Around the seventh or eighth round of the 2013 MLB draft, Germann made his case to Rockies VP of scouting Bill Schmidt in the team’s war room, telling Schmidt that Colorado should pull the trigger on Tauchman.

“You get gut feels on guys,” Germann said. “And Mike was certainly a gut-feel guy. I told Bill, ‘This kid is a major league hitter. I don’t know how many of these other guys are that are still on the board. I really believe he is.’”

Schmidt, who allows his scouts to be in the room and go to bat for players they’re high on, gave the OK. “‘All right, Mark. We’re going to take (Pat Valaika in the ninth round) and then we’re going to take Mike in the next round,’” Schmidt said.

Tauchman managed to hit at every level in the minors, and his power eventually came in 2017-18, when he managed to sock a combined 36 homers at Triple-A Albuquerque. But he struggled in two brief cameos with the Rockies, going a combined 9-for-59 in 52 games — mostly as a pinch-hitter.

At the time Colorado dealt Tauchman on March 23, the organization already had a glut of talented outfielders, including Charlie BlackmonDavid DahlIan Desmond, and Raimel Tapia.

The Yankees were the beneficiaries.

Mike Tauchman vs. Jimmy Garoppolo

Yankees GM Brian Cashman and the rest of his front office continue to nail their seemingly minor position-player moves.

On the surface, they appear insignificant. In reality, that’s not the case at all.

The latest examples include Luke VoitGio UrshelaCameron Maybin and Tauchman, who was brought in with Aaron Hicks beginning the season on the injured list.

The Yankees had long been interested in Tauchman, with their scouting and analytics departments both believing the organization could further tap into his potential.

“Their people collectively thought there was more in there,” a source told Yahoo Sports. “They liked his versatility, being able to play all three spots. He’s valuable. He makes a lot of winning types of plays that don’t show up in the box score.”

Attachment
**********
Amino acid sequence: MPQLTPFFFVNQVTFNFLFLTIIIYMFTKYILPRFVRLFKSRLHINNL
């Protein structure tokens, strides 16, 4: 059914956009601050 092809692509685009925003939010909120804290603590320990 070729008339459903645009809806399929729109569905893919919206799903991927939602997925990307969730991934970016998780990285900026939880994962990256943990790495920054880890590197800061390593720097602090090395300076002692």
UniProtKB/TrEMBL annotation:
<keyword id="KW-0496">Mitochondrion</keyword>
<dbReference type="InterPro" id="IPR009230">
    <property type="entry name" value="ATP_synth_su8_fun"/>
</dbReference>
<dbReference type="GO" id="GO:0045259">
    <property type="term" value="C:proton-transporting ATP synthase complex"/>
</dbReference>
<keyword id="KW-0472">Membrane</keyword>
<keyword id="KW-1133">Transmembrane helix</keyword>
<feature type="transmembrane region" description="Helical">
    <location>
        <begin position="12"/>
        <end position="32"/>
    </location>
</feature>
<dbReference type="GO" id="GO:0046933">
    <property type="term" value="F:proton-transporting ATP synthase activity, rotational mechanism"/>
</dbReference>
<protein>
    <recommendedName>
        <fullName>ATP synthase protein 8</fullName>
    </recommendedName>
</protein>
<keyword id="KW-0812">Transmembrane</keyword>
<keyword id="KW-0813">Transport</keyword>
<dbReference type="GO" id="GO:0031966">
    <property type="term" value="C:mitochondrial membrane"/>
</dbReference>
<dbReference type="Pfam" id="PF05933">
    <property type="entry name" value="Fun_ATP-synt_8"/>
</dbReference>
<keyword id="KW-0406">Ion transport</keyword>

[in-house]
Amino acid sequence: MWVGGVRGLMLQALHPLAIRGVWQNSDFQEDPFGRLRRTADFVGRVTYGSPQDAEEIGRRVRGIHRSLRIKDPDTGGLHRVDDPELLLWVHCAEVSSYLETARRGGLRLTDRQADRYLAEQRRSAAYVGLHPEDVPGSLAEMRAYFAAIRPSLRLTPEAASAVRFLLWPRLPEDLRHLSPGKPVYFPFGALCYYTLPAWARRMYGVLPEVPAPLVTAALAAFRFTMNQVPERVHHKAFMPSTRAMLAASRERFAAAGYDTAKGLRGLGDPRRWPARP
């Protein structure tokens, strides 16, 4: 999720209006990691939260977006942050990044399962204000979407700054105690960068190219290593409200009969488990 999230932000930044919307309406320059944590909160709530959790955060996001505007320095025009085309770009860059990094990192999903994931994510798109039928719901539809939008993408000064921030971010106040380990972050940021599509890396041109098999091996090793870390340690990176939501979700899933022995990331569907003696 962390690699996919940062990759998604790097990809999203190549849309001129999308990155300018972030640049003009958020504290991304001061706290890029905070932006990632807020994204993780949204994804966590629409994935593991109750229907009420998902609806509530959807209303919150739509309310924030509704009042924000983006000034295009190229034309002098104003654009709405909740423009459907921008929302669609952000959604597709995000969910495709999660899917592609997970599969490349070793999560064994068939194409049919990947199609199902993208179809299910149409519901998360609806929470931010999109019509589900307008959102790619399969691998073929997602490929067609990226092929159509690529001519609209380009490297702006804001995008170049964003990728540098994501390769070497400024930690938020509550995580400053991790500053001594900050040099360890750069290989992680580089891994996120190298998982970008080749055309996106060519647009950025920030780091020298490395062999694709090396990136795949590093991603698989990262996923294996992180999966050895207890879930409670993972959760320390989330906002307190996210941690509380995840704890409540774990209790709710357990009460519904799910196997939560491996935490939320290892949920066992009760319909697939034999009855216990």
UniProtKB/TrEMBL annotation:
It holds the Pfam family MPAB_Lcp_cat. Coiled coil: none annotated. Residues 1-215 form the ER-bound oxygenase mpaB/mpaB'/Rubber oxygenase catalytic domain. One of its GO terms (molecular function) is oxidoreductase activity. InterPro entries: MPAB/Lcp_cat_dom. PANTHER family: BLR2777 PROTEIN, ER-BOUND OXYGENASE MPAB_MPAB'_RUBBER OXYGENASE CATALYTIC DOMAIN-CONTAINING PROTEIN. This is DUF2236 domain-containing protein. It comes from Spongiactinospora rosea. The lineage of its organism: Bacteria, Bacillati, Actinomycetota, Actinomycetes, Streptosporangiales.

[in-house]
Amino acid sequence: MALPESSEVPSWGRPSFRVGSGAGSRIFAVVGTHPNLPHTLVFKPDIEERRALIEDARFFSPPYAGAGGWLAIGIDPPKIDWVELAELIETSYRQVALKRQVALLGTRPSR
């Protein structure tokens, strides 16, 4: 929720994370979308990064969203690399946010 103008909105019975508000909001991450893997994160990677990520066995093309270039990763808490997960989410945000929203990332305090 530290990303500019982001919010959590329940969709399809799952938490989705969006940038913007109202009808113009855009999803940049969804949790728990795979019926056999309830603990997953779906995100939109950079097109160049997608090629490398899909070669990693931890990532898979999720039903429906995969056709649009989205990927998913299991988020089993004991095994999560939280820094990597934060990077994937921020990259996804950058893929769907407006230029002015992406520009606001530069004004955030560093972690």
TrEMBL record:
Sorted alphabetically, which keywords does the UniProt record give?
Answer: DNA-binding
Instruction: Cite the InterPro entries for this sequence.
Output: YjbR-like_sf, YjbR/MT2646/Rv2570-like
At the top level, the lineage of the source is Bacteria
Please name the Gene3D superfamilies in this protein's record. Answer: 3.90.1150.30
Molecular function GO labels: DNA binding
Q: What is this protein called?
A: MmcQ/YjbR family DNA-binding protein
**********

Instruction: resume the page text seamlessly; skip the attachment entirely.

Despite being a useful role player, Tauchman had to endure a couple of stints at Triple-A Scranton. But he’s turned into much more than that since July. This week alone, he’s hit five homers while also robbing Baltimore Oriole Pedro Severino of a homer with a highlight-reel catch.

“You look at him and he’s a good f—ing athlete and a strong kid,” said one scout, who believes Tauchman has staying power. “All he needed was an opportunity.”

Tauchman’s athletic prowess dates back to his high school days when he quarterbacked William Fremd to victory over Jimmy Garoppolo’s team as a senior — throwing the game-winning touchdown pass and also picking off the now San Francisco 49ers signal-caller.

“It’s a cool story, but it’s kind of weird to talk about it,” Tauchman told the Daily Herald. “I don’t want to sound like the guy at the bar that struck out Bryce Harper when he was nine years old. Jimmy’s really, really good now. I think we both chose the right sports.”

Can Mike Tauchman — overnight baseball sensation — keep it up?

“Hopefully,” Germann said. “I have no reason to think he can’t.”

“Mike never had an ego, but he always believed he was the best player on the field,” Dominguez said. “To see him achieving his dream — to me as a coach that’s been doing this 33 years — he’s so humble about it, he’s a gamer, a throwback type of player. It’s great that he’s having this type of success. I’m so proud of him, absolutely.”